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Time buffers unnecessarily extend construction project completion

September 5, 2013 | By Anthony Capkun

September 5, 2013 – Research from North Carolina State University identifies factors causing construction site managers to schedule more time than necessary for specific tasks. An understanding of these factures may help industry complete construction projects more quickly.

At issue is the time buffer: the difference between how long it should take to accomplish a task based on optimum productivity, and how long ones thinks it will take in the real world. Things can go wrong on any job so, to account for these unforeseen events, construction foremen add time buffers into their task schedules.

“This is important, because construction projects—like building a school or hospital—can consist of thousands of tasks,” explained Dr. Min Liu, an assistant professor of civil, construction and environmental engineering at NC State and senior author of a paper on the research. “If every site manager builds a small buffer into every task, it can come to thousands of hours.”

The researchers analyzed survey results of 180 construction industry professionals from across the United States, and found a number of factors contributing to time buffers.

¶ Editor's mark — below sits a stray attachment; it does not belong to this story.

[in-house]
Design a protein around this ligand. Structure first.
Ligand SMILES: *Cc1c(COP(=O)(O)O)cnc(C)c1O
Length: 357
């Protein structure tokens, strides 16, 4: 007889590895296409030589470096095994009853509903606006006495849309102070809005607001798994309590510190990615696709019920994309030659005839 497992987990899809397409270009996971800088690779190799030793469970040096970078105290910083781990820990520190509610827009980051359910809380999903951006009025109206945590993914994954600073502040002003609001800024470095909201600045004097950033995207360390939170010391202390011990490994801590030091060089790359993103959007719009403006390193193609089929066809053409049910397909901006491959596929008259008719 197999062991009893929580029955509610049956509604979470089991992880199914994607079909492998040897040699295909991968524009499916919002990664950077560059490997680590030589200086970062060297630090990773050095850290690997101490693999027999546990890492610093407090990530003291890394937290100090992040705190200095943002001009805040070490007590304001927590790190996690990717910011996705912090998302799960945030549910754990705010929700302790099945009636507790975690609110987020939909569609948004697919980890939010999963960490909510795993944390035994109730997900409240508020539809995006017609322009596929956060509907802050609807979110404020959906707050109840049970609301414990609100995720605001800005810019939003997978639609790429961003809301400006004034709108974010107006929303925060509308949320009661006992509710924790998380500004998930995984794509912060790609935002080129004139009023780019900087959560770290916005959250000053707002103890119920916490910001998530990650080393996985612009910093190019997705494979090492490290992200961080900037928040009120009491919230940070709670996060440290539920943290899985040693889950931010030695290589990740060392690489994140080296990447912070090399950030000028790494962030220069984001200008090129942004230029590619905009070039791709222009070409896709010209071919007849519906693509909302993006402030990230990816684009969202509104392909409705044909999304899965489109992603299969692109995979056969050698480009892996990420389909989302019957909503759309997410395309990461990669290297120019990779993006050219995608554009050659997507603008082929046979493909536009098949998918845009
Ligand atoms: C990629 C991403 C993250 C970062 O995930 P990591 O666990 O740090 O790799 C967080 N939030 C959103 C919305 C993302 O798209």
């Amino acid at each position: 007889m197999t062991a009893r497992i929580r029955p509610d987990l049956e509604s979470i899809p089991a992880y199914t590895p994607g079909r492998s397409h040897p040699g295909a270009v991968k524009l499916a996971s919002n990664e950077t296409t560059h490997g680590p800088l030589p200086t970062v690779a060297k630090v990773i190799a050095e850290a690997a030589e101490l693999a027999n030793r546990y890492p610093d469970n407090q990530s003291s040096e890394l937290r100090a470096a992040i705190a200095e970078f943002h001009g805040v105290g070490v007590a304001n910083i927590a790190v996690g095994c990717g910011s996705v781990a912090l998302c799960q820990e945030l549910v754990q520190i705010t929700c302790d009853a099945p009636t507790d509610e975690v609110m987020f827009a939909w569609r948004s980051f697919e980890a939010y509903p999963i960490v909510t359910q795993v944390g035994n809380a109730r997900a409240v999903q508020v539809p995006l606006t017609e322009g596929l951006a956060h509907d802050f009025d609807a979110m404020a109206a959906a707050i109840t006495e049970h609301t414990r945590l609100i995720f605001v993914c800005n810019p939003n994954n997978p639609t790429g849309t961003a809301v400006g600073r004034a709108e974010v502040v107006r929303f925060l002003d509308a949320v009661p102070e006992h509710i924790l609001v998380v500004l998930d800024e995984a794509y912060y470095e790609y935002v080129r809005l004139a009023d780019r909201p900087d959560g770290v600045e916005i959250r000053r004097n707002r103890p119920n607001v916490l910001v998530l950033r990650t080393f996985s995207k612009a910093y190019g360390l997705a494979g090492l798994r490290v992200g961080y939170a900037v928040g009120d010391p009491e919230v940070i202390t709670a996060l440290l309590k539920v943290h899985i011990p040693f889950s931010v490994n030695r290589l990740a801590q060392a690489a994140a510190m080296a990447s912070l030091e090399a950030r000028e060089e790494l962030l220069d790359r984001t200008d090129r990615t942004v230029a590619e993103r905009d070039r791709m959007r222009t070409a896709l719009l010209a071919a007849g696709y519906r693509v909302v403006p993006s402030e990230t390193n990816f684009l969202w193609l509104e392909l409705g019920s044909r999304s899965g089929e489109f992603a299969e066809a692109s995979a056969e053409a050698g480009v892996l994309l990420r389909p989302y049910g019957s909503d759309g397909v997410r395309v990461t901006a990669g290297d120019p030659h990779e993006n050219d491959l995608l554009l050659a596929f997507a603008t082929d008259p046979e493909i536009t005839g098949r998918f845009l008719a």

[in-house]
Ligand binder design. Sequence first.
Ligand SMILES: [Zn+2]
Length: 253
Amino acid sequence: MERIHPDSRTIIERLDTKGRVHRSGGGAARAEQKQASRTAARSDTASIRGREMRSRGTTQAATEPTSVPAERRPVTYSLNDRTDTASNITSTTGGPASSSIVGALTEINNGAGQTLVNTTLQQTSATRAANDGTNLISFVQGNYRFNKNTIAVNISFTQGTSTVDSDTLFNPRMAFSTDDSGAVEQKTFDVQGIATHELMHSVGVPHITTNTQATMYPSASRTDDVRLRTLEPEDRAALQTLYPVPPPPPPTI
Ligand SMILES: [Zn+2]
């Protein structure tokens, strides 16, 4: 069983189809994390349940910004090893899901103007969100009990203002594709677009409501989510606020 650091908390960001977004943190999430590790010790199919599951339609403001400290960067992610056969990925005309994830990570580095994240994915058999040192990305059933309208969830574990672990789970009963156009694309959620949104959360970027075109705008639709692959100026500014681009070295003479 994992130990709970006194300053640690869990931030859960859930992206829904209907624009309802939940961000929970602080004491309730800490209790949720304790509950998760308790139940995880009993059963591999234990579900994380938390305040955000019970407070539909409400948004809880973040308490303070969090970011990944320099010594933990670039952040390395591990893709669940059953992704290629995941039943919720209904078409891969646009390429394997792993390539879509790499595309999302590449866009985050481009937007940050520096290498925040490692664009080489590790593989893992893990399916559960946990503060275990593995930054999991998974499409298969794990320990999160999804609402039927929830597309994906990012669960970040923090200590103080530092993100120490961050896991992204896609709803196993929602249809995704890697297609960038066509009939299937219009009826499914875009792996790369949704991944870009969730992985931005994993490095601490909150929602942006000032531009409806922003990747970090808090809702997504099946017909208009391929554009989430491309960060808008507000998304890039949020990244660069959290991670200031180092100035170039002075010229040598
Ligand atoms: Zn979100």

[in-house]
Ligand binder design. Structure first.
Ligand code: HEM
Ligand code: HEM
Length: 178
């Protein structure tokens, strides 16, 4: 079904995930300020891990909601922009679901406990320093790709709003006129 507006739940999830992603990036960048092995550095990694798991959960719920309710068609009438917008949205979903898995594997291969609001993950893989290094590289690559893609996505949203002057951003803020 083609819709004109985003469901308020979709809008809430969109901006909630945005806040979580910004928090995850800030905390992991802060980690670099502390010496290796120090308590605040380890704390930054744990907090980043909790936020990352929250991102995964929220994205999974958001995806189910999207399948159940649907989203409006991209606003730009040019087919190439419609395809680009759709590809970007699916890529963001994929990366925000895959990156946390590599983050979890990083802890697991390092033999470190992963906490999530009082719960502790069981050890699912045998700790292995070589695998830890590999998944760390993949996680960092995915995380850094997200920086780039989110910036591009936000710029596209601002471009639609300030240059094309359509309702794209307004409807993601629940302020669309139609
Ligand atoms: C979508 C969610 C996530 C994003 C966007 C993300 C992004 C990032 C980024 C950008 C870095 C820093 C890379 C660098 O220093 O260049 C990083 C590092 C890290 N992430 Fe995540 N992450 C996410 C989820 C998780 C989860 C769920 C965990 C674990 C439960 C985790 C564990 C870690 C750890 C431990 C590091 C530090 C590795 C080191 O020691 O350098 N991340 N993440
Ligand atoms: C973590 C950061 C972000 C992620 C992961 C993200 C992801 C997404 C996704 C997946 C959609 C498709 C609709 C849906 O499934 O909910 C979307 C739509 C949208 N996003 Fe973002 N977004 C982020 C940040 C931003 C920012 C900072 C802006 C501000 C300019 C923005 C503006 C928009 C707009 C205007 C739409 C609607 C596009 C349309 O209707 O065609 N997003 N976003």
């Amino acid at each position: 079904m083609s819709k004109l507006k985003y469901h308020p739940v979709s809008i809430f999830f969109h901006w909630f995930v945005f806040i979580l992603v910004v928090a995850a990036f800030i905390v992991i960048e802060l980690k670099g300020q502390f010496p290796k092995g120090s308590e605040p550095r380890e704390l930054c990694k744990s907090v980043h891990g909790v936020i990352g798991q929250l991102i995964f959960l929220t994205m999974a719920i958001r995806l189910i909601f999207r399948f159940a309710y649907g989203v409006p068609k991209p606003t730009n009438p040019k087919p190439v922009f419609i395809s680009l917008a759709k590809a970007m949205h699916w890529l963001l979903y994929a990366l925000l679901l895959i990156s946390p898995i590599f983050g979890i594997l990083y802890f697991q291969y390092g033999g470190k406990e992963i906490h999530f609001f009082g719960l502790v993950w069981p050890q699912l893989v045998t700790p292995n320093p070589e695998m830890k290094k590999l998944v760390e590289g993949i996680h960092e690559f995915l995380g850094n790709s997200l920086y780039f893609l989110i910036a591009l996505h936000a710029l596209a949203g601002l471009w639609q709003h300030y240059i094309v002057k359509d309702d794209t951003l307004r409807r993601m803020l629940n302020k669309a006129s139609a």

“We did this study to better understand how people determine when to add time buffers and the length of those time buffers,” Liu says. “This helps us determine how much of a time buffer is actually necessary, and will help us find ways to minimize wasted time in construction projects.”

Liu explained project managers can use the factors they’ve identified to prioritize their review of construction tasks and target issues related to time buffers. The paper, Application of Time Buffers to Construction Project Task Durations, is published online in the Journal of Construction Engineering and Management.

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